Seahawks v. 49ers, Take Three

Today we finally get the championship game we would’ve had last year if it hadn’t been for that last second comeback by the Falcons.  The Seahawks versus the 49ers, two division rivals who just so happen also to be the two best teams in the whole damn conference, going head to head with nothing less than a Super Bowl berth on the line.  Really, would you want this game to go down any other way?

Here’s a few thoughts on the matchup ahead:

1) Enough about Percy Harvin, already.  I’ve been reading a lot about how Harvin being ruled out for this game somehow makes the outcome a foregone conclusion in favor of the 49ers, and I just don’t follow the logic in that argument at all.  The loss of Harvin isn’t a good thing, but it isn’t catastrophic, either.  The Hawks’ offense as a whole has played close to a thousand snaps this season, and Harvin participated in exactly 38 of them – that’s less than four percent.  Bottom line, Seattle’s passing offense is in the top ten (and many of those in the top five) in most any statistical average you care to name, and they did that with Doug Baldwin, Golden Tate, and Jermaine Kearse accounting for 82.28% of all passes thrown to wide receivers this season.

2) Russell Wilson needs to put in a full game.  Here are his passer rating averages for this season broken down by quarter, then compared to his ratings in last week’s game versus New Orleans:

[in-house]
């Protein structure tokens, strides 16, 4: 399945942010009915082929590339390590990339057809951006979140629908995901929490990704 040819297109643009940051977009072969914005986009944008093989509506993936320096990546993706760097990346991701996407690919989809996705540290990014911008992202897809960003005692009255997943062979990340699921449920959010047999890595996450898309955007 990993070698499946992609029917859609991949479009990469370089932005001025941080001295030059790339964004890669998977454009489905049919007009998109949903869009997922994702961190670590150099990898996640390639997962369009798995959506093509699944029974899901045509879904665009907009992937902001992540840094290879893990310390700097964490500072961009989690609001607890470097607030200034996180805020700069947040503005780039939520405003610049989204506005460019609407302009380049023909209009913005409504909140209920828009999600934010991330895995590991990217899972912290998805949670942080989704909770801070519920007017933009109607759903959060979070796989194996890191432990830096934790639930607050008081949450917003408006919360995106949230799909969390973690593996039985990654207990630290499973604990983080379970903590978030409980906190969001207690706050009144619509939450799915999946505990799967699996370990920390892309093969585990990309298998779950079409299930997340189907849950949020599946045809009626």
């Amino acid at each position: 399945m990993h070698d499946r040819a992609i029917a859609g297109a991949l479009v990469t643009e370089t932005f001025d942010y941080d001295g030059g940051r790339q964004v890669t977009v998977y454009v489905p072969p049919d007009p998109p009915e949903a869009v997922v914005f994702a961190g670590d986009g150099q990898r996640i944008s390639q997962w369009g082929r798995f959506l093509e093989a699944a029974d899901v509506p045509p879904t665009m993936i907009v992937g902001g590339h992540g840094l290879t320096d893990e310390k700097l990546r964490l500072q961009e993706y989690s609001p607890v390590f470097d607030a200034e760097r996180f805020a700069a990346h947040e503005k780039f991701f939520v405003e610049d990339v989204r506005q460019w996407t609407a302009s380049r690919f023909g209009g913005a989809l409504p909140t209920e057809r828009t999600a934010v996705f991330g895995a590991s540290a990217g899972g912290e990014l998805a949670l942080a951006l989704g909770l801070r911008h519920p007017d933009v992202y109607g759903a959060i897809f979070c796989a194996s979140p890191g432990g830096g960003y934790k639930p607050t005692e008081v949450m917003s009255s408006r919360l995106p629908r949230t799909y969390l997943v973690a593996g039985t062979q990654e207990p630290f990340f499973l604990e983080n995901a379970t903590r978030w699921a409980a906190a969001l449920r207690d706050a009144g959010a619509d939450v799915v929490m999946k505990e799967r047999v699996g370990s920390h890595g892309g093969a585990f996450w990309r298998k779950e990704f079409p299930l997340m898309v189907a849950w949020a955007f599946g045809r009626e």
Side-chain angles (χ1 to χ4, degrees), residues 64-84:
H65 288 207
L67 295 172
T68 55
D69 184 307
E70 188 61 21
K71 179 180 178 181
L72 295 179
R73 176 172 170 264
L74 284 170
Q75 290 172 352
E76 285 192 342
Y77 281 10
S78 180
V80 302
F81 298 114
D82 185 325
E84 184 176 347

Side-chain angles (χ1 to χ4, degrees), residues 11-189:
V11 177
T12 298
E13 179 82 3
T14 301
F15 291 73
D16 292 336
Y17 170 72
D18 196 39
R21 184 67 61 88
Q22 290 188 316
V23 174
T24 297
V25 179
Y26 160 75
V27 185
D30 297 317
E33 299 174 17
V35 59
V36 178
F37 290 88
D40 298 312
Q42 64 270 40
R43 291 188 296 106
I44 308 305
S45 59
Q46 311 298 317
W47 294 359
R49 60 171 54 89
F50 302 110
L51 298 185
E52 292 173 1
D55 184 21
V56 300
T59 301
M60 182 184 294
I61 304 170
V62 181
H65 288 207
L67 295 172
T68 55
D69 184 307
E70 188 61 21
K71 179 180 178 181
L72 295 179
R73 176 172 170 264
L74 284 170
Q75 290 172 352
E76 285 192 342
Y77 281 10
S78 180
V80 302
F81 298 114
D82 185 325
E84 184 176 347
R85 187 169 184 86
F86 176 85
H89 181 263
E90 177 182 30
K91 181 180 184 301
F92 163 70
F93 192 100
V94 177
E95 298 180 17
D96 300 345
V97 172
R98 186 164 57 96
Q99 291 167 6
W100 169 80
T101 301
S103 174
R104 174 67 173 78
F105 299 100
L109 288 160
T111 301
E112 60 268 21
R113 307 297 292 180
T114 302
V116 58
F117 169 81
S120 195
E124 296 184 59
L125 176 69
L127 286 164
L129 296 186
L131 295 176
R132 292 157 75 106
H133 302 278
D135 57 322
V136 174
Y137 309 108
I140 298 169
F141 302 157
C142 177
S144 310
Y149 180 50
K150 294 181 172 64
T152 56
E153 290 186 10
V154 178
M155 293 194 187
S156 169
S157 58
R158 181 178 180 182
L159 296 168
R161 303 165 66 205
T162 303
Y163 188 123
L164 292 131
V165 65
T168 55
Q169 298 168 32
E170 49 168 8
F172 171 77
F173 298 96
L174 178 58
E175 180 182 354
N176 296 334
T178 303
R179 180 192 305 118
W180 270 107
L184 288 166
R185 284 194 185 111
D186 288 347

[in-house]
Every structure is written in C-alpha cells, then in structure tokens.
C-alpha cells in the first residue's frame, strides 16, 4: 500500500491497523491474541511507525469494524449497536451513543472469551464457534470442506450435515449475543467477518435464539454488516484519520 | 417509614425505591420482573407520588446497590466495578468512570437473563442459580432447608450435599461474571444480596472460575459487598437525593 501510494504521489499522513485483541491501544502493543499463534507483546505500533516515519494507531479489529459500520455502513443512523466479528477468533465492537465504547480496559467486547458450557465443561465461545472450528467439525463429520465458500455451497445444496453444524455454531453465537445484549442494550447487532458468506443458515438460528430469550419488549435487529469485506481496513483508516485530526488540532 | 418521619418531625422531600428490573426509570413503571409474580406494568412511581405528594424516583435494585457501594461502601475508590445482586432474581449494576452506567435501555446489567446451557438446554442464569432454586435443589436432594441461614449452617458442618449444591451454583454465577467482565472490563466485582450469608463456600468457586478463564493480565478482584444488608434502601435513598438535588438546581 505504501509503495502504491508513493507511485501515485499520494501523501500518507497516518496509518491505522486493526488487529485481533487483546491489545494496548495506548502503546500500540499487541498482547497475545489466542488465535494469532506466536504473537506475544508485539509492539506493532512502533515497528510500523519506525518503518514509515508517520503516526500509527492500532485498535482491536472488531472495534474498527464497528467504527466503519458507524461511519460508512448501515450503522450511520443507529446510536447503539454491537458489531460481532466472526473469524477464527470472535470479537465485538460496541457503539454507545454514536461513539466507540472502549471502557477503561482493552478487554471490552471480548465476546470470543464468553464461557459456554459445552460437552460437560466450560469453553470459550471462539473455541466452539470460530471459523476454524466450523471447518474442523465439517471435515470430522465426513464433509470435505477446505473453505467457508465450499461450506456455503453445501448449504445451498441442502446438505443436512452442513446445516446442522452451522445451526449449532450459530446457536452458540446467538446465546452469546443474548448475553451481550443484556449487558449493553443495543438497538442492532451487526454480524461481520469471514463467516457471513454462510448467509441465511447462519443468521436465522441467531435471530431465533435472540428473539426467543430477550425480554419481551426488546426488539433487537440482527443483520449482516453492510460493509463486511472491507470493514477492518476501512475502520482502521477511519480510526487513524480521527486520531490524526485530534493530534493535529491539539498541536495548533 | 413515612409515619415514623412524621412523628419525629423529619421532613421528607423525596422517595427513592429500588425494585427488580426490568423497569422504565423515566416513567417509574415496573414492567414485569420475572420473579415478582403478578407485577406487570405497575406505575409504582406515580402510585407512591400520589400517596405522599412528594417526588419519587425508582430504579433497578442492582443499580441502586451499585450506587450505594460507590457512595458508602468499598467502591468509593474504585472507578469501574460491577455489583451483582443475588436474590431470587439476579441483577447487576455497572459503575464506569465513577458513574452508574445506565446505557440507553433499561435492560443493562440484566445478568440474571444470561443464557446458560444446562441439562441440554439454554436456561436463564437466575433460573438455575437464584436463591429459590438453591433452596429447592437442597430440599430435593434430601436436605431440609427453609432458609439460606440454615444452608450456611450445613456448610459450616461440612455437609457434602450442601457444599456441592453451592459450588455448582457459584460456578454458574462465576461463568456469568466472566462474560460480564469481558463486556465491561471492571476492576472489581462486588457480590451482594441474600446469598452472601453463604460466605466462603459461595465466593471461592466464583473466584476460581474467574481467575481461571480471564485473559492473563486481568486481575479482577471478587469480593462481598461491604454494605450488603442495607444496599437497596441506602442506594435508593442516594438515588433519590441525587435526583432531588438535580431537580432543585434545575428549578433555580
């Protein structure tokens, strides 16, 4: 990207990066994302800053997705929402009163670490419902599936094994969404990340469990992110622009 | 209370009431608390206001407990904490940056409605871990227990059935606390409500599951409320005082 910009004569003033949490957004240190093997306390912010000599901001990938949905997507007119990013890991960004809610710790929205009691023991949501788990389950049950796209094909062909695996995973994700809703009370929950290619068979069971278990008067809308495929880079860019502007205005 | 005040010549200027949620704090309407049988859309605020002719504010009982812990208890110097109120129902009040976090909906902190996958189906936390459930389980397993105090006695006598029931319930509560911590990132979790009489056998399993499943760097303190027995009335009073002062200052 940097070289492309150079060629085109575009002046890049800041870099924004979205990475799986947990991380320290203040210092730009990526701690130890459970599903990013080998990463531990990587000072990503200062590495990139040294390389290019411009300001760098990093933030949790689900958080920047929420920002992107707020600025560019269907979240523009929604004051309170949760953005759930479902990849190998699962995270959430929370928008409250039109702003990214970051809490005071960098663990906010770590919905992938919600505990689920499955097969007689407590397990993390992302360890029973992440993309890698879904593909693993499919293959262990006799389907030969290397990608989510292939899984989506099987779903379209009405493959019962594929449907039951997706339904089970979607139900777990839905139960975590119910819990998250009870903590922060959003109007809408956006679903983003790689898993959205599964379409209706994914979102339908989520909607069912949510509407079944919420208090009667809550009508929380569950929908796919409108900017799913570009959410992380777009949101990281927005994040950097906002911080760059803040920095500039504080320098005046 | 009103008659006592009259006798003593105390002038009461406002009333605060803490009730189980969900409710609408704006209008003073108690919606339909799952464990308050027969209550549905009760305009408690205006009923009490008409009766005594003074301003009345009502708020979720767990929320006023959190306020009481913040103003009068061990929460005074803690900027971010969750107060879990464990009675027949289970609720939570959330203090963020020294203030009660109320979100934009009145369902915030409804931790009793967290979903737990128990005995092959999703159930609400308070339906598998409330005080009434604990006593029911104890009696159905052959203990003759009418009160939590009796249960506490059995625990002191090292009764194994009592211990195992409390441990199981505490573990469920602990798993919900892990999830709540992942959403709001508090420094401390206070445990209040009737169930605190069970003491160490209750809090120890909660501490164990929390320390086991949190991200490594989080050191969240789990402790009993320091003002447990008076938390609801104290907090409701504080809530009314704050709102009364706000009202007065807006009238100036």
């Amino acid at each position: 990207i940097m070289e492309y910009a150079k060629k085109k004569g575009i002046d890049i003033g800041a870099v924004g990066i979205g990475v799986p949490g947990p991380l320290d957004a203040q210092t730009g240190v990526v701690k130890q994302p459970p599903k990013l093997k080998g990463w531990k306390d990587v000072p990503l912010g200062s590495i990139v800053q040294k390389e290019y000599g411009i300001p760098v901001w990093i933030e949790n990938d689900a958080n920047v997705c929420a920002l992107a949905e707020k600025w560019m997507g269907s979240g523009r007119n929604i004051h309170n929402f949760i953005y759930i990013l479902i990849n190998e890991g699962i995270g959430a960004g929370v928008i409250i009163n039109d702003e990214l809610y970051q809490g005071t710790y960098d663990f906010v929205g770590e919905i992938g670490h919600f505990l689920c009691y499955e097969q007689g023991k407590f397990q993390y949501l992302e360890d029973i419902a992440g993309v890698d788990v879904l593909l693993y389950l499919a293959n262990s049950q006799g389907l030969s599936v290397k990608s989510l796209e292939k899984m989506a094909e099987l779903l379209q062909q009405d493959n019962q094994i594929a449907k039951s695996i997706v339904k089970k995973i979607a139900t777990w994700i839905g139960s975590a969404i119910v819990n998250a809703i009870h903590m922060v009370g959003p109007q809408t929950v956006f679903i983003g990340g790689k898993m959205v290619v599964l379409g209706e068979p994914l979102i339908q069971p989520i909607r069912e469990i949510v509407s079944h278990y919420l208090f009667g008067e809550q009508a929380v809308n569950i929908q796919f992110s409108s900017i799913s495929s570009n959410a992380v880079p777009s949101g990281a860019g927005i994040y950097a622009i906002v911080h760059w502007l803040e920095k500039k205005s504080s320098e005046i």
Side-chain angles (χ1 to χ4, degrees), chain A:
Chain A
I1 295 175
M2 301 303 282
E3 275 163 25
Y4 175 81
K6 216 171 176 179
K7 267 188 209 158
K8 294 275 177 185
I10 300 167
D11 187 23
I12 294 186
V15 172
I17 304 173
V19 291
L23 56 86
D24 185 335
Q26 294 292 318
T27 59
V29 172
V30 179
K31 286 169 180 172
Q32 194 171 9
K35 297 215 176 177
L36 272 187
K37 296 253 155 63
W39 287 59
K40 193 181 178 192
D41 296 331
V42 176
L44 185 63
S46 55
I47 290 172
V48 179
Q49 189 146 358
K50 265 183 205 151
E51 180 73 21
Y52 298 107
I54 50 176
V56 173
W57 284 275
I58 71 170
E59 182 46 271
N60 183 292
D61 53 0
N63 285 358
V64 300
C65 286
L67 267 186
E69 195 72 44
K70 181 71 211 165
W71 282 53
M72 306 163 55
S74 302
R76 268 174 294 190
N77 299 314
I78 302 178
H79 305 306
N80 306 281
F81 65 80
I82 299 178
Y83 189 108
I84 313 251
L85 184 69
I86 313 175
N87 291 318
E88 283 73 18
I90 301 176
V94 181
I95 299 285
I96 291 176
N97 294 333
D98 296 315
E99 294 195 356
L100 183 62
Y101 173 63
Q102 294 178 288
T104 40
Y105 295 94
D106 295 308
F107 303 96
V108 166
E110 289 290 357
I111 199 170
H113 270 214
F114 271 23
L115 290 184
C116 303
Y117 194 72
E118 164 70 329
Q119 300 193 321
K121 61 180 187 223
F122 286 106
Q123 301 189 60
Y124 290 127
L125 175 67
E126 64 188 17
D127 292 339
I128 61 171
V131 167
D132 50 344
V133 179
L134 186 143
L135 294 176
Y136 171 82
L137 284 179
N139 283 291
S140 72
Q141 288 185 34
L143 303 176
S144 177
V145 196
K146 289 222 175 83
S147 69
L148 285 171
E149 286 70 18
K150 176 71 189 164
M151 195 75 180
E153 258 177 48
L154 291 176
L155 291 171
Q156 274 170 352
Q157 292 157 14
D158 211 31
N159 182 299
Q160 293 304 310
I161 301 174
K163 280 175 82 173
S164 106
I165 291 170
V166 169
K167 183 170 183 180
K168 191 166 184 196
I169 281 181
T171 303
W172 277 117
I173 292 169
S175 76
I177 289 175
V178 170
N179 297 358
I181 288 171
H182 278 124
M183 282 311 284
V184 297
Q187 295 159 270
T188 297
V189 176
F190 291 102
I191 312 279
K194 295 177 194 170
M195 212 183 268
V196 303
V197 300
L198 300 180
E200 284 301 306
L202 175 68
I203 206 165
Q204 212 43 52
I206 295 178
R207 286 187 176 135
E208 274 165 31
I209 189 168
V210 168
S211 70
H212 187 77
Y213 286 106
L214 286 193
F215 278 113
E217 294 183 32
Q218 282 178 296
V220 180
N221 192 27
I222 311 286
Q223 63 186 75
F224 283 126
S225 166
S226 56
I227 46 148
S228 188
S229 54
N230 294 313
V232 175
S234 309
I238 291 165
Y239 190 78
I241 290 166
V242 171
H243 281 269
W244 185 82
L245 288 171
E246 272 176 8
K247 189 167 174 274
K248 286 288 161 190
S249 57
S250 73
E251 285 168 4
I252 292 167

Quarter Russell Wilson Passer Rating – 2013 Regular Season Wilson Passer Rating – vs. Saints (Divisional Round)
1st 86.6 84.2
2nd 125.3 113.5
3rd 91.9 39.5
4th 93.1 54.2


To be fair, the Seahawks’ ultra-conservative game plan in the second half while they were playing with a lead over the Saints contributed somewhat to the above stats, but Wilson also simply just missed some throws and several times failed to notice wide open receivers.  I’d be more than happy to watch him lead Seattle to a huge blowout win over the 49ers today, but I’ll settle for a decisive, mistake-free outing both in and out of the pocket.

3) Don’t blitz San Francisco.  Colin Kaepernick has made a living this year eating blitzes alive, and the Seahawks have had more success than most when playing against him because they prefer to contain Kaepernick in the pocket and dropping extra guys into coverage over sending extra rushers his way.  I see no reason to change that game plan today; The 12th Man should be all the extra help Chris Clemons, Michael Bennett, and Cliff Avril need to make the 49ers’ QB as miserable as humanly possible.

4) Keep Anquan Boldin and Vernon Davis out of Seattle’s blind spot.  According to the stats, the Seahawks pass defense isn’t just the best in the league this year, it’s one of the best of all time – but that doesn’t mean it’s perfect.  If there’s one flaw in the Hawks’ blanket coverage, it’s the short middle zone.  If Boldin and Davis are allowed to roam free between the linebackers and the safeties, things could get ugly in a hurry.  If LBs KJ Wright and Bobby Wagner and NB Walter Thurmond can prevent San Francisco from exploiting holes in that zone, the Legion of Boom will be free to concentrate on denying them access to the rest of the field.  I hear they’re good at that.